Some dramas need scores of extras and epic settings to keep the audience on its edge, but a rare gem of a movie can dial down the setting, the action, and the cast to a minimal few and still give you a pit in your stomach and tears in your eyes.
Locke, destined to be one of the best movies of 2014, brings the audience in so tightly to the personal drama of one man, one single man, that the rest of the world, entire, seems superfluous.
It is the story of Ivan Locke, played by Tom Hardy, as he makes a nighttime drive. Filmed in real time and only in the pod of his car, it is merely the repeated calls he makes and receives and the spaces in between them. Yet, without another character appearing onscreen, Locke’s entire future, indeed his very life, are turned upside down and we learn everything we need to know about this one man.
As the film opens, we learn Locke is in construction, the site manager for a huge sky-scraper project. Not only is he in construction, he is the rock-solid manager upon which the company depends. He checks. He double-checks. If he says concrete is ready to pour, it’s ready.
In short, his word is his bond.
His sons and wife wait for him at home eager for the evenings soccer match. They never even consider whether or not he will be there. He is like the tide, utterly dependable.
His crew rests secure knowing he has prepared for the important cement pour in the morning. They can be irresponsible because he never would be.
But Locke will not be there. He is driving away.
As the story unfolds we learn the reason he’s driving away and the crisis that it creates, not only in his life but in the lives of all those who depend upon him the way they depend on the sun rising in the morning: Unquestioning, unconsciously, without fear or shadow.
A lesser film would leave it there, the lesson being the consequences we bring on those around us, those we love.
But in the hands of Steven Knight, who wrote the script and directs, this is not a lesser film.
Locke is still Ivan Locke, and he will rise, he will follow his own code, he will be dependable and reliable, he will fix it all. He will make sure the cement is poured properly, he will care for his family, he will be the man he has always imagined himself to be, willed himself to be.
The story is one of doing the right thing, damn the consequences, and living up to a self-set standard.
Locke will make sure the cement pour is solid: not for money, not for loyalty to a company, not for his co-workers on the crew, not for the riches the project will bring to his city. He will do it for a more primal reason. For, as he says, the cement itself.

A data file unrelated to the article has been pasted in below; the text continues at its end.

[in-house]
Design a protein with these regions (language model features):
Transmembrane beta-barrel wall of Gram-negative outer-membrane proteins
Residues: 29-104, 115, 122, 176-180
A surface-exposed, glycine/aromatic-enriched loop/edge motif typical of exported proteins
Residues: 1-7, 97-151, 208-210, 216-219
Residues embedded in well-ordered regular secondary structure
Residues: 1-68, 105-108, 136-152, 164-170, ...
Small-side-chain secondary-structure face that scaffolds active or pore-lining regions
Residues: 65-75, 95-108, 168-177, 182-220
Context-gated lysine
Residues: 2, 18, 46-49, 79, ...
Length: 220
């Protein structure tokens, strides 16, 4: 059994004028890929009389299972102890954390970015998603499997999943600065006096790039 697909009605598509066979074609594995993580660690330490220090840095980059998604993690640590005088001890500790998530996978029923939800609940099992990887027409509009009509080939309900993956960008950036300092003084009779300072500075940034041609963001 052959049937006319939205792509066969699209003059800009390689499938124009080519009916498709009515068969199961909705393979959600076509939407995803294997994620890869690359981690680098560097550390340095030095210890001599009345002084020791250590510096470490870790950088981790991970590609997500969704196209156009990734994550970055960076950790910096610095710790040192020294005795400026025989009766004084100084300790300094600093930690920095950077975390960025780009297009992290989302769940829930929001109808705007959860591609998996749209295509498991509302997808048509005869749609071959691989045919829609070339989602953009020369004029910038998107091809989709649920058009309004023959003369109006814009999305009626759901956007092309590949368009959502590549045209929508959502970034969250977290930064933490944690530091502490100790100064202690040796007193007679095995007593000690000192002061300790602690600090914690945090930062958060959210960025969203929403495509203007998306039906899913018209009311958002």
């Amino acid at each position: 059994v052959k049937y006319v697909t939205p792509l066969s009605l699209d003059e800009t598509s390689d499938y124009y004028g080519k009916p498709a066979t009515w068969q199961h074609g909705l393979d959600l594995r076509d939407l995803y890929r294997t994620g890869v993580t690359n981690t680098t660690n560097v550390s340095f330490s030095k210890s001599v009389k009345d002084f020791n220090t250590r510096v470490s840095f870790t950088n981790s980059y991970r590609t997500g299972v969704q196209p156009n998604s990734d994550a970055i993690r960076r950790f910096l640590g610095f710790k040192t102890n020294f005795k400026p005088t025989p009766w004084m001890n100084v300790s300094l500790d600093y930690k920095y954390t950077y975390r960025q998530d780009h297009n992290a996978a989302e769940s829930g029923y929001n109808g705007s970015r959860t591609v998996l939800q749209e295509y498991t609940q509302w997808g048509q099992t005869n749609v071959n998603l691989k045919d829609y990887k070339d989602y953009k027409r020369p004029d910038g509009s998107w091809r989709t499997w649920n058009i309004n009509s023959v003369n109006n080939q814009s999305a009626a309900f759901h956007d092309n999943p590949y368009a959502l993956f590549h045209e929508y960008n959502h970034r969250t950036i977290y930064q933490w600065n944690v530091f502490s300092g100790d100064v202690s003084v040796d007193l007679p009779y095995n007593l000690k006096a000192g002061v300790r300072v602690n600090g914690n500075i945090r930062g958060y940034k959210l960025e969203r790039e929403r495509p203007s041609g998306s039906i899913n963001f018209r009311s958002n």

It’s an ambitious project, a drama set in one car. Tom Hardy is up to the job. As an actor, almost all is taken away: He has no other actors on camera to share the screen. He has no scenery to chew. He cannot even use his full body. He is driving, continually driving, throughout the movie and must act out his part strapped in, restricted.
And yet, his calm voice fills the theater. His tension ebbs into the audience. His few moments of restrained emotion have more impact, like a whisper in an empty room versus a shout on the street.
The six voice actors are equally fantastic. Throughout their repeated conversations, we come to know each one, not only as a part of the plot, but as a full person in their own right: Co-worker Donal (Andrew Scott), fearful of taking the load of responsibility for the pour; Boss Gareth (Ben Daniels), horrified and astounded at his subordinate’s out of character desertion; children Eddie (Tom Holland) and Sean (Bill Milner). Ruth Wilson and Olivia Colman are fully talented as well.
None of this would work, however, without the brilliant script by Steven Knight. The entire film is dialog and the dialog rings true. People repeat themselves. They fail to listen when they are upset. They get stuck on a point and will not, cannot, hear the answer to it. It’s like listening to real people, a feat that is very, very hard to write.
Knight directs as well, conveying through traffic and shifting lights the weariness, the tedium, and the tension of the drive. He never relaxes the tension, just below the surface, that Locke one one of his calls may slip just a bit and veer into a sinister semi or an immobile wall.
For all its banality, there is danger on this drive, within and without.
This film explores manhood in a way few do: The jaw-clenched man determined to do the right thing, the man set in his course who will not be swayed, the man who has taken his own measure and who cares only for that measure.
I found myself wishing for mercy, for Locke and for those around him. I love that this film makes me think of mercy and its absence, of forgiveness and its lack. Few films do, almost none with this degree of excellence.
It doesn’t have explosions or men in tights. It doesn’t have onscreen women or grand quests or brutal battles. But if you can stand a quiet, minimalist drama, you won’t find better.